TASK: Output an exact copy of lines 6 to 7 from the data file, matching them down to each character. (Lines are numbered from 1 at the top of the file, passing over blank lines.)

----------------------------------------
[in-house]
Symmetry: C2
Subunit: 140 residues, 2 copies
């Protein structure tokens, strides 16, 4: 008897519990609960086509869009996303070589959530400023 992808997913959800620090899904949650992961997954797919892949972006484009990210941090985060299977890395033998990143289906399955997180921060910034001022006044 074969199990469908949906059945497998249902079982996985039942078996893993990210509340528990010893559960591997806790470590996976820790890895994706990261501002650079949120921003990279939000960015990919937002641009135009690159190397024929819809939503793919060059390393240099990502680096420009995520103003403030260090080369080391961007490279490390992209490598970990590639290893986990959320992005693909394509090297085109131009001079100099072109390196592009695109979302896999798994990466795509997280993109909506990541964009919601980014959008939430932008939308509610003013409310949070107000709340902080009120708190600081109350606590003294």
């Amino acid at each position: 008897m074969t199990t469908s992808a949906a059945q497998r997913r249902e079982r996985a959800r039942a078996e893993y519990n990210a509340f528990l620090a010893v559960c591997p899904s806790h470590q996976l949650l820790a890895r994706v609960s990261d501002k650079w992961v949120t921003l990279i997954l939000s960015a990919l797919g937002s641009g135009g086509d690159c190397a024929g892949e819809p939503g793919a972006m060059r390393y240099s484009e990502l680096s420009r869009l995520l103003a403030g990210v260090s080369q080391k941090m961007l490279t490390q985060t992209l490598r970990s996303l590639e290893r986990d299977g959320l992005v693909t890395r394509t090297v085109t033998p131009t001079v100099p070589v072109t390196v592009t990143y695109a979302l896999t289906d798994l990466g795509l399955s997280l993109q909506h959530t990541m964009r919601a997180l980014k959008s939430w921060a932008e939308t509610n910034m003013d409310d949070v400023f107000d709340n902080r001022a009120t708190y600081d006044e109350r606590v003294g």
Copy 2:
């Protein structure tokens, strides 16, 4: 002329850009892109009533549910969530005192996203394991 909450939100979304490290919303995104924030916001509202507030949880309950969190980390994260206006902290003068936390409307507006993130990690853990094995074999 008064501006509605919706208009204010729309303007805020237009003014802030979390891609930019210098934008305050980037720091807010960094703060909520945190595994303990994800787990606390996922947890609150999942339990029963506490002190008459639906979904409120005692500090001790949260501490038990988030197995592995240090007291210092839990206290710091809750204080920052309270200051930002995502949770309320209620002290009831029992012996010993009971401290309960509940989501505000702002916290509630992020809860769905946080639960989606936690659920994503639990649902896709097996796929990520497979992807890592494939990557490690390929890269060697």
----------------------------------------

Copy 2:
């Protein structure tokens, strides 16, 4: 002329850009892109009533549910969530005192996203394991 909450939100979304490290919303995104924030916001509202507030949880309950969190980390994260206006902290003068936390409307507006993130990690853990094995074999 008064501006509605919706208009204010729309303007805020237009003014802030979390891609930019210098934008305050980037720091807010960094703060909520945190595994303990994800787990606390996922947890609150999942339990029963506490002190008459639906979904409120005692500090001790949260501490038990988030197995592995240090007291210092839990206290710091809750204080920052309270200051930002995502949770309320209620002290009831029992012996010993009971401290309960509940989501505000702002916290509630992020809860769905946080639960989606936690659920994503639990649902896709097996796929990520497979992807890592494939990557490690390929890269060697």